My check was done at end of tratment plus three months, that is my last cycle finished at about 24th Dec 2012(yay!). Tests were done late March. i had blood tests, bone marrow and CAT scan. Now, for me the CAT was really important as I had a large mass (we measured this on the scan I had prior to treatment and iw was a scary size) identified just below my diaphragm so it was really important to see what had happened to it (before you ask, no trace showed up on the scan).

Made remission but didnt quite make MRD negative. So, no trace found in periphery blood.

Having chased one Cyclophosphamide tablet around a wood floor I agree with Chris, a bowl is a good idea, blister packs with such small tablets are a pain. I also agree with him on anticipation being worse than the reality.

Take reading matter, ipad, laptop, mp3 player, kindle or whatever, however if you take music remember earphones. One day I was next to a lady who seemed to think everyone needed to hear her dire selection of music.

Without wishing to cause a big debate the Bone Marrow test was also a non-event for me, I'd assumed some kind of drill not a huge push.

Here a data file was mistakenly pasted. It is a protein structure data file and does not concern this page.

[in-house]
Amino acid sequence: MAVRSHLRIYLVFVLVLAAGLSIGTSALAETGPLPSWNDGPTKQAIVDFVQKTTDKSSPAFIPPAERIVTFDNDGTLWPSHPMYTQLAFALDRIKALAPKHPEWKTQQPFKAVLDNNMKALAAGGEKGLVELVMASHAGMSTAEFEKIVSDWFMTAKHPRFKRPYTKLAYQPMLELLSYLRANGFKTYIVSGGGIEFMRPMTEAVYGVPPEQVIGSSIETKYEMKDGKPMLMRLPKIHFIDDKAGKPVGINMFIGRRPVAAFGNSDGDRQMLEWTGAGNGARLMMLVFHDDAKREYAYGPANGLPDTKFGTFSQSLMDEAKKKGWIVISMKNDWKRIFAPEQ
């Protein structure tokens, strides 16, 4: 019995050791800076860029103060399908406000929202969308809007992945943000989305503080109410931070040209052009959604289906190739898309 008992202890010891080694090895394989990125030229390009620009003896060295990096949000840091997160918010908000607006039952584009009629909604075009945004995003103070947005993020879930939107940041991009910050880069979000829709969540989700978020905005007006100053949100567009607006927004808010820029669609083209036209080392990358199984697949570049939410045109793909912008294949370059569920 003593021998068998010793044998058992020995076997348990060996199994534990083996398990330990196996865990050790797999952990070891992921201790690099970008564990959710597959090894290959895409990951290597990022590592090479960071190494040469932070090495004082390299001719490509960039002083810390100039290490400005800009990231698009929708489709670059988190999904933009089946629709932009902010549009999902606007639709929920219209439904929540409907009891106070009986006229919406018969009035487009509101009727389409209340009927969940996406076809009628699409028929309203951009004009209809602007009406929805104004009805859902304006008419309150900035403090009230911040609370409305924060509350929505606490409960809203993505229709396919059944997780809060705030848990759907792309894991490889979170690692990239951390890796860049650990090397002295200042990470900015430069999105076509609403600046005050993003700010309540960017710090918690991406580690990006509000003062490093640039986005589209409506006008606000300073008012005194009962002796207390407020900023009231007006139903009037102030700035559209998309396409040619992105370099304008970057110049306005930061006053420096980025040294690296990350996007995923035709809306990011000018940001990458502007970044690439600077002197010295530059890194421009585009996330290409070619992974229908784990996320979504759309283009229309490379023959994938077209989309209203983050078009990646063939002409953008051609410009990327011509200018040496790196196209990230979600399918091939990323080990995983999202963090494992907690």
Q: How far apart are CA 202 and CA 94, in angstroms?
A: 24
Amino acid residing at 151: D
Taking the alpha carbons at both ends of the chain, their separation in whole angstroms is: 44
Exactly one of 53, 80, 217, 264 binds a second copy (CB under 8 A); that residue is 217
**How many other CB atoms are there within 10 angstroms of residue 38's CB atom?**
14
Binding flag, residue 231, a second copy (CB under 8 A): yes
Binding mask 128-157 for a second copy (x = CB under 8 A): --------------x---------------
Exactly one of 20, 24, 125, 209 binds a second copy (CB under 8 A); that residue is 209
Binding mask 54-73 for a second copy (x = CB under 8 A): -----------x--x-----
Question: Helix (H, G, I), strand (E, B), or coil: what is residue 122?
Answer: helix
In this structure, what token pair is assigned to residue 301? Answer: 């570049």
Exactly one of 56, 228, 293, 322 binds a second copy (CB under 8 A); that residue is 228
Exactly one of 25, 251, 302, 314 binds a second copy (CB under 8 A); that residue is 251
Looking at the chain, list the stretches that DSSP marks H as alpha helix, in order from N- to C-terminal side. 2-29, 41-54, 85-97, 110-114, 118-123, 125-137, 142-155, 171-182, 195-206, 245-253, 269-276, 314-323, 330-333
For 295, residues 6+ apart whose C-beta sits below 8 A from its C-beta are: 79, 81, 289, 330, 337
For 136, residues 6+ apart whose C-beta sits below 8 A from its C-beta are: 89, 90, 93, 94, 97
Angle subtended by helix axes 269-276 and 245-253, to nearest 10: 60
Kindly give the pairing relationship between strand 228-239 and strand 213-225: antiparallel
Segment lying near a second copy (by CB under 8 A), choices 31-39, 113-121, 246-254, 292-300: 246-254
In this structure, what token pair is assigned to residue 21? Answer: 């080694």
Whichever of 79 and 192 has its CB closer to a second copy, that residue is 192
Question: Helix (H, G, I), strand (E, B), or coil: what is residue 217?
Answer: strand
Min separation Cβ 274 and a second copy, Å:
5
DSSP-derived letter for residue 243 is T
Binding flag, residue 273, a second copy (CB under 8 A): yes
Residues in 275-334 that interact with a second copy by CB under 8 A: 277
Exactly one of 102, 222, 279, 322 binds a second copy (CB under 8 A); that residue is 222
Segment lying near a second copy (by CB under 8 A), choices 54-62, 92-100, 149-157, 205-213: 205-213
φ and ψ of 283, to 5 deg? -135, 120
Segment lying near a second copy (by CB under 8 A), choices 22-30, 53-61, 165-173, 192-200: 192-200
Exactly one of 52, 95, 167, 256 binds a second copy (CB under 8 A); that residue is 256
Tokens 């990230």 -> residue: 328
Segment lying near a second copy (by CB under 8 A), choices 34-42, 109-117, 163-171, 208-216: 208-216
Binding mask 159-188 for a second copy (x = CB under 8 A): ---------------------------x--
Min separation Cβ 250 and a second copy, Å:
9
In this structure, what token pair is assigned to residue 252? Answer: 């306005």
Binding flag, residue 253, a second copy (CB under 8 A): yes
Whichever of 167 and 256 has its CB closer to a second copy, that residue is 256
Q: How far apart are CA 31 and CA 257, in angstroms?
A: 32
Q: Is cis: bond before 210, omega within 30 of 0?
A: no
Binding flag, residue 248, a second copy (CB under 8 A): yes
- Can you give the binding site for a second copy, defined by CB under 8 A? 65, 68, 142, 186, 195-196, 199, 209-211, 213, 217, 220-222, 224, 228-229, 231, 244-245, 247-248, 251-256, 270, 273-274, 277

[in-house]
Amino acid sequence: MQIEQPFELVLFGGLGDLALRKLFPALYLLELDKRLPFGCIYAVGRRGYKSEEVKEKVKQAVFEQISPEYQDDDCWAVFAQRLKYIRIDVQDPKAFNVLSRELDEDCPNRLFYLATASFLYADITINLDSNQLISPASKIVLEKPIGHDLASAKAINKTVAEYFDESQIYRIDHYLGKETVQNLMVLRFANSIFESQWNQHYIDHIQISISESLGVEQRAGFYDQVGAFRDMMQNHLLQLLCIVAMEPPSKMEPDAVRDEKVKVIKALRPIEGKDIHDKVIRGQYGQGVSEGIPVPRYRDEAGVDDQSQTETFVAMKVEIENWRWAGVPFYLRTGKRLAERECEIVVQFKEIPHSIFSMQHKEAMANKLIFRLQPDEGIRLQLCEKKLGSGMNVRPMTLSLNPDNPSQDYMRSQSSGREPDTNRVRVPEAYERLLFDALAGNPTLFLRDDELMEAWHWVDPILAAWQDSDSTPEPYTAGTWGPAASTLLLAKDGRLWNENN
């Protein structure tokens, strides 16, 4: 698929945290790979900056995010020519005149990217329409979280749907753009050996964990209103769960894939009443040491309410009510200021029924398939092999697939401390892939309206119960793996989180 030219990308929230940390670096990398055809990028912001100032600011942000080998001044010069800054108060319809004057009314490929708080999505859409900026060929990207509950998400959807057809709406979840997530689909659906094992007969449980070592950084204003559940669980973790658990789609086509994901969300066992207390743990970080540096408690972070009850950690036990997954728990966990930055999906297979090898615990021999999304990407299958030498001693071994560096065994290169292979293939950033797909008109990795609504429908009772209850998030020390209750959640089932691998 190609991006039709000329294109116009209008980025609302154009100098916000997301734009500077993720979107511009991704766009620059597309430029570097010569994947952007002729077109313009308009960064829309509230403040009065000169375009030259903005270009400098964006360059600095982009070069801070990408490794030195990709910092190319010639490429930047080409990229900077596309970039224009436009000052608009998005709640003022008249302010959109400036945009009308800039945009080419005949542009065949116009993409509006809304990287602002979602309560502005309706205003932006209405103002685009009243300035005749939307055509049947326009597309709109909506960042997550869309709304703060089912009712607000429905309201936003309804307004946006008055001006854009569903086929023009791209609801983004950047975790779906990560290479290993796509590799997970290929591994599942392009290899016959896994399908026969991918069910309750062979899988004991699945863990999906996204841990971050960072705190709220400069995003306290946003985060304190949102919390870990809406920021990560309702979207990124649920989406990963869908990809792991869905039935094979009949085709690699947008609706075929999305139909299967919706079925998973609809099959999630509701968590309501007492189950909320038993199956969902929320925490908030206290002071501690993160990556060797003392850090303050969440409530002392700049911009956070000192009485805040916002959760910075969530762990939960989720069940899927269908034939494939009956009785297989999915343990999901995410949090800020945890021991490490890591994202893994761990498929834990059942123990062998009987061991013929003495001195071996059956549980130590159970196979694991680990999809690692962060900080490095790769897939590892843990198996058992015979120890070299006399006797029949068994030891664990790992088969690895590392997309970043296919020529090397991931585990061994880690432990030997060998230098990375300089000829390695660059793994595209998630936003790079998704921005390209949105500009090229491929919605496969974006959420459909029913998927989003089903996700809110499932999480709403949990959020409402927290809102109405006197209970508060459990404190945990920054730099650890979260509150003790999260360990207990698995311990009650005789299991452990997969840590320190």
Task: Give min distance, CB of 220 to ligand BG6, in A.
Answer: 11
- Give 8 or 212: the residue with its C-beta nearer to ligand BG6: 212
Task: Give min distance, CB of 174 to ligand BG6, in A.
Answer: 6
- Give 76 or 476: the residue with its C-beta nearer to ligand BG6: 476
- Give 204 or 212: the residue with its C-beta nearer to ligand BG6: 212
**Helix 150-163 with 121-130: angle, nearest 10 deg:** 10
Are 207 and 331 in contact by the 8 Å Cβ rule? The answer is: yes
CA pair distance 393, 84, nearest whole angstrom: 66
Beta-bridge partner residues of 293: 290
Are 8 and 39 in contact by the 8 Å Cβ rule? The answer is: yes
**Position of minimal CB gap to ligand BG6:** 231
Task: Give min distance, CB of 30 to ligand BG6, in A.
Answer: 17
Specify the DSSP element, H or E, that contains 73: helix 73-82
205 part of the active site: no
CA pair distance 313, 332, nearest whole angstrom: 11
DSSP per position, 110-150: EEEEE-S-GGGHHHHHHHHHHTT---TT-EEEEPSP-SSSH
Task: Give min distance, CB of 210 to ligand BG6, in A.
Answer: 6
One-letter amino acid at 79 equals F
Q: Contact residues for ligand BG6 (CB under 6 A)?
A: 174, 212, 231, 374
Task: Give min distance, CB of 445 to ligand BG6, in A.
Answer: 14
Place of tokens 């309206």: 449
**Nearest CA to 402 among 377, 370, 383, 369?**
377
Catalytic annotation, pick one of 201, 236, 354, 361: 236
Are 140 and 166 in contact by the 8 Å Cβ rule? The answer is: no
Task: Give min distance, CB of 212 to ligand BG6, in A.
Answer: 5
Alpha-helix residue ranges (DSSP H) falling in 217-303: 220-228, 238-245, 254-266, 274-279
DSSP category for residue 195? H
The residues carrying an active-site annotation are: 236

I did go to The Christie, you are correct.


As you were finishing treatment in Dec. 2012 I was just starting. I had 2 tablets of Fludarabine and 3 tablets of cycophosphamide (half dose) plus the usual Rituximab.

I did not have any bone marrow check after treatment just the blood check and CT scan. I achieved complete remission based on this and a repeat FISH test which did not detect any cytogenetic abnormalities. Before treatment the blood test showed my CLL was 84% trisomy 12.

in reply to keepfit123

I find that very encouraging. I'm trisomy 12, too. Barely ZAP-70 positive, mutated heavy chains, and onlt 12.5% CD38. But I am so tired. I think it's the infections that have me low.

At what stage were you originally diagnosed?

Would you say that you feel better now than when you were diagnosed?

in reply to SeymourB

I have never had the ZAP 70 or the IGHV tests but was Low CD38 at Stage A in 2005 at diagnosis when I was found to have a WBC of 17. I was treated in late 2012 and did have a few incidents but o.k now. I can't say I have suffered fatigue.